As days get shorter, hours become precious and I was determined not to waste my final summer trip to Vermont by recovering from a late night wedding party. After a slow start, I headed to an area near Route 2 and the Long Trail that has long held my interest.
There is something remarkable about this spot. The lowest point in the state is nestled directly below Camel’s Hump, the tallest undeveloped peak. The long vertical and steep terrain always holds surprises, and going up Bone Mountain is a great way to check out the views.
The parking lot at the end of Green Mountain Road was deserted but even alone, I decided to bring my climbing gear in case I ran into a friendly climbers. On that list was Travis Peckham’s Tough Schist. It’s one of my favorite guidebooks and I thumbed its well used pages to get a closer look at the topos to find Cat Crack and The Dwarf Wall before I left.
Getting established internationally has been a challenge, with my work coming out of NYC and a family to tend in Quebec. I’ve been driving more often, trying to appreciate the kilometers and sights.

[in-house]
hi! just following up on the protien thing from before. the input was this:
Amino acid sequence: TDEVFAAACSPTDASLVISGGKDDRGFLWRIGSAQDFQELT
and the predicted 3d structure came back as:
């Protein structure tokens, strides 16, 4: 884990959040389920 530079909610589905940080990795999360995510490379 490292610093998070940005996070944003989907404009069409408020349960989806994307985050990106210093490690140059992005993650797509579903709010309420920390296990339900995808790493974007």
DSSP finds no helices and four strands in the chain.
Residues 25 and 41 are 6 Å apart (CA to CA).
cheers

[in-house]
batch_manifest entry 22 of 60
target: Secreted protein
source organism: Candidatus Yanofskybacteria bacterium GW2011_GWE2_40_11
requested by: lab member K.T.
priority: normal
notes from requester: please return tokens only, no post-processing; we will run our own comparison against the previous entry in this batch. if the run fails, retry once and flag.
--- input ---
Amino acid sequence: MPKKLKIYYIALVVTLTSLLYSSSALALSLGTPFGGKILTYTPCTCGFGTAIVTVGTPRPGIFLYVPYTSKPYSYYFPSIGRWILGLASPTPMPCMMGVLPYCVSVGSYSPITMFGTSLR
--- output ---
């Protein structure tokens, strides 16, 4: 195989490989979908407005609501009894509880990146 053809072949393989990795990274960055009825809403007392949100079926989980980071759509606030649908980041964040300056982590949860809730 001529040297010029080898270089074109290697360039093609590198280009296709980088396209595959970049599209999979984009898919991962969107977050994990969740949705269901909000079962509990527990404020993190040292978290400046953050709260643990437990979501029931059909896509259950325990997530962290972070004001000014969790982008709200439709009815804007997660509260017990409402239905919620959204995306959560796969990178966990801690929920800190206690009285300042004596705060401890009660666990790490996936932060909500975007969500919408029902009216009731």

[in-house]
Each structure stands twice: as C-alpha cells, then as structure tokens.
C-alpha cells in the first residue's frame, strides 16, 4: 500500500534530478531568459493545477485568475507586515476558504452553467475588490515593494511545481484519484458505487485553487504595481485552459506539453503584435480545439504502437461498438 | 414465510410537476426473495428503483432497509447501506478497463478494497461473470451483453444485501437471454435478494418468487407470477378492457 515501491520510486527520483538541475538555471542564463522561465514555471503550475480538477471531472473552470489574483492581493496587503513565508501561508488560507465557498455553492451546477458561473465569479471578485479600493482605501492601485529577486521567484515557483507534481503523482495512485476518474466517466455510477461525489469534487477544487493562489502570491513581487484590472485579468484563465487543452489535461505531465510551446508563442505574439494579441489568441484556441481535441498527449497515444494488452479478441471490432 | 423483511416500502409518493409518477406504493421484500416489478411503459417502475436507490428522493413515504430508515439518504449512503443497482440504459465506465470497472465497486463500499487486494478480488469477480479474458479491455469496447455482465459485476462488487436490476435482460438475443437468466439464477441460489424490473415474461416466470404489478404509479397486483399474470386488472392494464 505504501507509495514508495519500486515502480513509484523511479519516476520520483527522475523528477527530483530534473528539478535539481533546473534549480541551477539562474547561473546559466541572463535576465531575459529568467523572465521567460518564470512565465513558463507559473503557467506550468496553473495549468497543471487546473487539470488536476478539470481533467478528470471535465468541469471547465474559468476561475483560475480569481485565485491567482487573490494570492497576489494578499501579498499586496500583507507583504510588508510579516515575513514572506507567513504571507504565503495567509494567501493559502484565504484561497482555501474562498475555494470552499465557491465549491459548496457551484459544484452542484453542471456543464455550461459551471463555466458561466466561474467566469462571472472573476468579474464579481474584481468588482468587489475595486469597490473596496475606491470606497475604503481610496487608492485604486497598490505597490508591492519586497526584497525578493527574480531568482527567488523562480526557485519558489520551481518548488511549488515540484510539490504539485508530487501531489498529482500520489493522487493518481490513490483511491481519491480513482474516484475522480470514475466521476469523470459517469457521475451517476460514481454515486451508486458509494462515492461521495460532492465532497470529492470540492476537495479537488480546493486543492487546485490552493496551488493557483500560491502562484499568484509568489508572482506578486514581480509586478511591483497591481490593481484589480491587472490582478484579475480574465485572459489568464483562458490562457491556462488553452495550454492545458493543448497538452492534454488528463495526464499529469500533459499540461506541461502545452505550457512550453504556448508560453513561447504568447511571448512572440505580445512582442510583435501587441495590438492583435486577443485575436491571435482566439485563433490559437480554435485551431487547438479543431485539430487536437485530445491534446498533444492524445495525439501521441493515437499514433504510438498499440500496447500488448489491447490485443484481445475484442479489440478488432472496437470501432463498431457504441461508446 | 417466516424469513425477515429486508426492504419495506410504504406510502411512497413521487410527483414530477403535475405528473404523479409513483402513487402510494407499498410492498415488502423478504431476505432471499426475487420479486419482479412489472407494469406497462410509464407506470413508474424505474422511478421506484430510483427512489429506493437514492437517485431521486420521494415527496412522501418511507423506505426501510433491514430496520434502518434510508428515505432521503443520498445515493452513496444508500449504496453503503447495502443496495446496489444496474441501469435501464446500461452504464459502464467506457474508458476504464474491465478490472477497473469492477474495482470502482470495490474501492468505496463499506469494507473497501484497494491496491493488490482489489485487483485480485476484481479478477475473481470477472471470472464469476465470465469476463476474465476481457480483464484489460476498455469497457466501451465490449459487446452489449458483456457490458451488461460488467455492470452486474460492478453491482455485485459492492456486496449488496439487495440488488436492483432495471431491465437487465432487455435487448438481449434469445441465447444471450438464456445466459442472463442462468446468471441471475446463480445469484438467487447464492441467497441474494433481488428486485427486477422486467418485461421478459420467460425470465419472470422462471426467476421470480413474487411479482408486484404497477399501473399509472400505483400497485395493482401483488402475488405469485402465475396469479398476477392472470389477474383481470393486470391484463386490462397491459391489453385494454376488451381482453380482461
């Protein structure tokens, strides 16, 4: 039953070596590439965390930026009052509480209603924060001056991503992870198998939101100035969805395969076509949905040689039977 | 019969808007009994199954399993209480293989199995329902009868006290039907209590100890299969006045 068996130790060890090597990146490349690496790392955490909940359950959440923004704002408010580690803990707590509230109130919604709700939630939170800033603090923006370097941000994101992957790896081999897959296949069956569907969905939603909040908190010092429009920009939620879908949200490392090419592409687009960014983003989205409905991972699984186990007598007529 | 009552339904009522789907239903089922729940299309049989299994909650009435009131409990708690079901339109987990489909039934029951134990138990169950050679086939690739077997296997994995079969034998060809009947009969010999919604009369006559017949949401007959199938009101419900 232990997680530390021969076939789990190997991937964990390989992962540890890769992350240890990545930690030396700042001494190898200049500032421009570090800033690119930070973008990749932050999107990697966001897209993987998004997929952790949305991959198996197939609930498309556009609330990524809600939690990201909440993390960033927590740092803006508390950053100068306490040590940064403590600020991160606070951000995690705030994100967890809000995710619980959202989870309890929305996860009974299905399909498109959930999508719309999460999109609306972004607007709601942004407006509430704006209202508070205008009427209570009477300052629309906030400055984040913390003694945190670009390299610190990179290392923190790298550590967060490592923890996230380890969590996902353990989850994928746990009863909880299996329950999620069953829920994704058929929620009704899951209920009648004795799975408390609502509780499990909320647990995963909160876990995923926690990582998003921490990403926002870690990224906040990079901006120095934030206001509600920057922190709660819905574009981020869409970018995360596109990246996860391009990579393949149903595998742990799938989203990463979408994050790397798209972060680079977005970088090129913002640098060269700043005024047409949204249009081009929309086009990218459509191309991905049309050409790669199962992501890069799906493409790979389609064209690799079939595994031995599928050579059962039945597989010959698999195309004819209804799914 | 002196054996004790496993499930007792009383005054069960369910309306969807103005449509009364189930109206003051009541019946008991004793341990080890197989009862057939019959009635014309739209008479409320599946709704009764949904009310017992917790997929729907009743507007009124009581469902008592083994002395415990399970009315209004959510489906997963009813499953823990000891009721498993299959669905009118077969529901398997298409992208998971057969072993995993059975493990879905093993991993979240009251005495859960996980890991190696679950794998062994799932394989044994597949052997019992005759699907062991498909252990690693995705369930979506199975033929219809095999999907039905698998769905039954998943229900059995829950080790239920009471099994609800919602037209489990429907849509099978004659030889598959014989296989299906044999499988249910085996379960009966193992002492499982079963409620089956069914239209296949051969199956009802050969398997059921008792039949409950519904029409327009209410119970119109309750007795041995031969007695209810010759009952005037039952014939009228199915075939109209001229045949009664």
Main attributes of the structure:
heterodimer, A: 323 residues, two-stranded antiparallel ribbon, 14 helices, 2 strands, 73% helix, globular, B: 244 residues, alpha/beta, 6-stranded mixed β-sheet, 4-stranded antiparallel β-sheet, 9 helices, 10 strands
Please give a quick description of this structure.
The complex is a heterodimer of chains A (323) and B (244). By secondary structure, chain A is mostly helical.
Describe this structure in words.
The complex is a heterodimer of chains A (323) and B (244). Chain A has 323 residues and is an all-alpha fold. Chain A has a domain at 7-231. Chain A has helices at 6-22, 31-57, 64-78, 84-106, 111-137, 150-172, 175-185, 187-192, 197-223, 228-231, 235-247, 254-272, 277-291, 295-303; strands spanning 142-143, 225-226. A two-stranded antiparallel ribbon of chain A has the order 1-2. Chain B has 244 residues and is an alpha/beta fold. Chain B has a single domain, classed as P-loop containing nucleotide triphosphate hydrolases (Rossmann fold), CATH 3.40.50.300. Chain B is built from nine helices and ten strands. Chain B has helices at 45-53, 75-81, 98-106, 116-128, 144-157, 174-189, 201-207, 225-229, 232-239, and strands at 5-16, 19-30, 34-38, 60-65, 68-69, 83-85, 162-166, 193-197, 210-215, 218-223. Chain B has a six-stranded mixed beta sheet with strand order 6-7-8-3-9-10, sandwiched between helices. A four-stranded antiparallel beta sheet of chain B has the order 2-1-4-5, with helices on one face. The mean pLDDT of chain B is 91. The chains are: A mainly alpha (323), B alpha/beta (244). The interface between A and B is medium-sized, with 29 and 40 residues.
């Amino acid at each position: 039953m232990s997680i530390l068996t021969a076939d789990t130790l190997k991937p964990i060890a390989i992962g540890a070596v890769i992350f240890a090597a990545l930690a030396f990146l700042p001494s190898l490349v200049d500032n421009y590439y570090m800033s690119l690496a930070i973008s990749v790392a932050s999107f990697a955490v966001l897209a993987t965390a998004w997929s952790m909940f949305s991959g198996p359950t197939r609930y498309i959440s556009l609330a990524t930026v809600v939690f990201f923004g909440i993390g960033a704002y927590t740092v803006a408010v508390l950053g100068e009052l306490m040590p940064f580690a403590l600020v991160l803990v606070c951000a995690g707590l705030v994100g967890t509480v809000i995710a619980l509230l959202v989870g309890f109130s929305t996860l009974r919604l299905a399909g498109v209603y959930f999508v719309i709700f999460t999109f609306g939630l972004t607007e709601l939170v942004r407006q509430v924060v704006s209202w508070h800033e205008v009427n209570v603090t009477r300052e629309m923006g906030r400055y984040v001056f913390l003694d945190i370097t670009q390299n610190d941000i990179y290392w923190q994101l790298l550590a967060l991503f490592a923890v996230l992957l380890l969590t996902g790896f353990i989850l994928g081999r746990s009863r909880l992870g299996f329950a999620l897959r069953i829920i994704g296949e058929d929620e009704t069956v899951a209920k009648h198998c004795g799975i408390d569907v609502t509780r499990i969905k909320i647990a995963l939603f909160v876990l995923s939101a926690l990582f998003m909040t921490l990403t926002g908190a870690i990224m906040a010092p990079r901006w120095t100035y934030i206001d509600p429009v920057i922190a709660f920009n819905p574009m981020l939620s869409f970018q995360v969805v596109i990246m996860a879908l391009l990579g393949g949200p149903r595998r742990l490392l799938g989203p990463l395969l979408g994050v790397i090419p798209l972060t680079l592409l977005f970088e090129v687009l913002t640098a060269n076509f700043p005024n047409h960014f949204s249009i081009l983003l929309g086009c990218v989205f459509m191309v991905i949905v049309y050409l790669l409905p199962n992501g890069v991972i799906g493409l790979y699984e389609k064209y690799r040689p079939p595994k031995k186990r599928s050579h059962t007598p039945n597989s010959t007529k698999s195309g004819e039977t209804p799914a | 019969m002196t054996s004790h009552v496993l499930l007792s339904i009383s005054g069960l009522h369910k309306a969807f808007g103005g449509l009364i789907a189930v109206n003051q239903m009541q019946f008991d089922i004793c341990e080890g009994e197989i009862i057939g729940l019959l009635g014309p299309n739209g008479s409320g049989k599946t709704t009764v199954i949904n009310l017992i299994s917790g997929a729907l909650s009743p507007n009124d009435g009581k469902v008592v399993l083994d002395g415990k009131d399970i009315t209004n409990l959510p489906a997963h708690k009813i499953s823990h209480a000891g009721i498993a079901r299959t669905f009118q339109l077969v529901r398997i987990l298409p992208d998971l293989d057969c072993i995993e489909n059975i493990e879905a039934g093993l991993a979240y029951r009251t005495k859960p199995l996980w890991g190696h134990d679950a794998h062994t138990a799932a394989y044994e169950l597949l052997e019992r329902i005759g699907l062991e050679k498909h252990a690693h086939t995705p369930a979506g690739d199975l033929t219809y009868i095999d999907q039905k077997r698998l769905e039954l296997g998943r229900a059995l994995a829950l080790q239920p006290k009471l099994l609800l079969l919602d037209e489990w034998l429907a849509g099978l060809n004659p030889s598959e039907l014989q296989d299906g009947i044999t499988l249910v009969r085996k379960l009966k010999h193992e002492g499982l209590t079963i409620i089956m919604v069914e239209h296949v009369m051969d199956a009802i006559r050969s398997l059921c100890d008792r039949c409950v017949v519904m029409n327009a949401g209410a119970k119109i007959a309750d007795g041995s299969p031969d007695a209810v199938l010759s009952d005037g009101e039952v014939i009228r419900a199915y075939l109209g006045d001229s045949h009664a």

As much as I love skiing, winter driving can be stressful. We all have stories about heading north at midnight when the temperature hits -25F and the fuel light comes on, or when a tree falls in front of your car and blocks your way while you’re moving along. I’ve come to appreciate a smooth and safe ride on summer tires, the fuel efficiency without a ski rack, and the long daylight hours.
I set out on Sunday just to sightsee and wait for the mercury to fall so I could get on some new rock and arrived at Mont Rigaud Ski Area at 4pm, the time when ski areas are emptying out in the winter.
Not everyone wants to rule the world, but people sure do like to travel. I’ve often lamented the lack of places I’ve seen, but perhaps more important to me now is the way I experience them.
To really understand a place, you probably have to live there. A walking tour with celebratory beers after is fine, but I want more.
One way I’ve found to gain a deeper understanding of new places is to bring my climbing shoes. Even if time won’t allow a visit to the local crag, rolling solo into the gym can illuminate the culture. With this is mind, I knew that on my recent visit to Montreal, that I’d end up in their premiere gym, Allez Up, at least once.